Paid attendant carers hold important and unexpected roles which contribute to the lives of people with brain injury

Brain Inj. 2000 Nov;14(11):943-57. doi: 10.1080/02699050050191896.


Objective: Paid attendant carers spend many hours assisting people with a brain injury. Despite this considerable responsibility, most carers receive little support or training and their roles are often ill-defined. This exploratory study set out to define the key roles of paid carers.

Method: Ten semi-structured interviews were conducted. Perspectives were sought from 10 participants: five people with a traumatic brain injury and five paid carers. A computer software package, NUD*IST was used during analysis to help identifvy and categorize commonly recurring themes.

Results: Five major roles were identified: Attendant, Protector, Friend, Coach and Negotiator. Friendship was the most important aspect of the care relationship for three of the people with a brain injury, most of whom had lost their pre-injury friends and associates. Carers were required to negotiate frequently with clients and their families, and with other service providers. Sound communication skills were required.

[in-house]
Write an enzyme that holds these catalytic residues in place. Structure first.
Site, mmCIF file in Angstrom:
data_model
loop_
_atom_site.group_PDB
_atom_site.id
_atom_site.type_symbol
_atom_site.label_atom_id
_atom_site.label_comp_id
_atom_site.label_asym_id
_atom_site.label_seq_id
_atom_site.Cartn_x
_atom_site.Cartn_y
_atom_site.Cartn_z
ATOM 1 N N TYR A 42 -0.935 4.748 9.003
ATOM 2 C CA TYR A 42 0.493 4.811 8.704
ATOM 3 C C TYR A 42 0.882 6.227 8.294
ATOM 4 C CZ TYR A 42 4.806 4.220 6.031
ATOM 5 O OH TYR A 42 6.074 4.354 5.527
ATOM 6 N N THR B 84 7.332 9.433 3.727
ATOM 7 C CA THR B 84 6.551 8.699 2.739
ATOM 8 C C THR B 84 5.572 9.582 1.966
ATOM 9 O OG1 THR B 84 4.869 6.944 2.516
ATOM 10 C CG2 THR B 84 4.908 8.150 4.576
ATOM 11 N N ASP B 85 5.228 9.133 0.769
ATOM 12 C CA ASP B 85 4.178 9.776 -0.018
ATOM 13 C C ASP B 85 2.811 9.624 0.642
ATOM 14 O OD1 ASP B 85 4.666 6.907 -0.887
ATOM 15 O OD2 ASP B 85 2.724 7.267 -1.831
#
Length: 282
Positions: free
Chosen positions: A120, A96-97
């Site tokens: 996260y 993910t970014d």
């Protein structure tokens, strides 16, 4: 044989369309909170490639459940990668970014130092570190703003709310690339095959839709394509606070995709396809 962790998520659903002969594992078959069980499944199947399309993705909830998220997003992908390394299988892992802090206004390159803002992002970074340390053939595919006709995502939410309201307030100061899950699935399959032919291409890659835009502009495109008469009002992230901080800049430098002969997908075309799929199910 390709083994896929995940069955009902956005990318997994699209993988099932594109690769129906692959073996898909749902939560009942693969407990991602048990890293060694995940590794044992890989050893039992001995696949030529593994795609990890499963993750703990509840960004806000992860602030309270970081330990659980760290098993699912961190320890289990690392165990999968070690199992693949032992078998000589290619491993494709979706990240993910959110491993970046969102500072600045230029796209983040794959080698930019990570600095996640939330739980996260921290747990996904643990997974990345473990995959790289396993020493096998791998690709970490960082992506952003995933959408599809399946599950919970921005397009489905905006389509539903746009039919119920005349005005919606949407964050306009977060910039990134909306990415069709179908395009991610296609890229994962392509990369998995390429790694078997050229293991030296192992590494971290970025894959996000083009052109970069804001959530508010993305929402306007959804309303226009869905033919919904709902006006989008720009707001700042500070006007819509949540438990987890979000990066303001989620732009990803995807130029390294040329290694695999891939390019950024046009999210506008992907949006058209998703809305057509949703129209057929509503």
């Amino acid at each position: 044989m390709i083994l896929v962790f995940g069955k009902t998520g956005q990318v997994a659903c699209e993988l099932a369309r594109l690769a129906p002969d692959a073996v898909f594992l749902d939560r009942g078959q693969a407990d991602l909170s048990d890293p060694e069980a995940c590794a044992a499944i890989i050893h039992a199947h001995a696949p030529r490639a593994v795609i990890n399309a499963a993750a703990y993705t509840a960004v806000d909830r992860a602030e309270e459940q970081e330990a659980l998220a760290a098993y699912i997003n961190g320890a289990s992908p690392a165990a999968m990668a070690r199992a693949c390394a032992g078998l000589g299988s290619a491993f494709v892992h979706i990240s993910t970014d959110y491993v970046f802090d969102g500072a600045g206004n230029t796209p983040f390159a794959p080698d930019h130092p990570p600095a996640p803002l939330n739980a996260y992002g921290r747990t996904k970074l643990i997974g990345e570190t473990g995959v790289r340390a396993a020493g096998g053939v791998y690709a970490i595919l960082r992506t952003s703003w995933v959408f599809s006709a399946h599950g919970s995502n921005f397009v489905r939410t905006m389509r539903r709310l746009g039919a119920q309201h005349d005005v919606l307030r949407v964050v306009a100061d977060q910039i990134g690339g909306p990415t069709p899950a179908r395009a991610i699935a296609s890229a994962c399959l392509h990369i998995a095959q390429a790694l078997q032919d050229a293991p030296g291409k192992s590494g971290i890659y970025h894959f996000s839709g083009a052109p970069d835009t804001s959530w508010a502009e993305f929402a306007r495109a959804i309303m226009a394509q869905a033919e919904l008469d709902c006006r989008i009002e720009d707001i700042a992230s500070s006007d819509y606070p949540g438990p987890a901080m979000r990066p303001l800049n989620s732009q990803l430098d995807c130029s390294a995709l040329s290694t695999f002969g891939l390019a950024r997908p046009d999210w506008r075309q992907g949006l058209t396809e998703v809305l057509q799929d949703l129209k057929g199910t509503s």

Conclusion: In addition to further research, industry guidelines are required which take account of the wider suite of roles fulfilled by paid carers, address training and support needs, and occupational health and safety issues.

Publication types

  • Case Reports

MeSH terms

  • Adult
  • Brain Injuries / nursing*
  • Brain Injuries / psychology
  • Caregivers / education
  • Caregivers / psychology*
  • Female
  • Home Care Agencies
  • Home Health Aides*
  • Humans
  • Inservice Training
  • Male
  • Middle Aged
  • New South Wales
  • Role*
  • Sampling Studies
  • Stress, Psychological*
  • Surveys and Questionnaires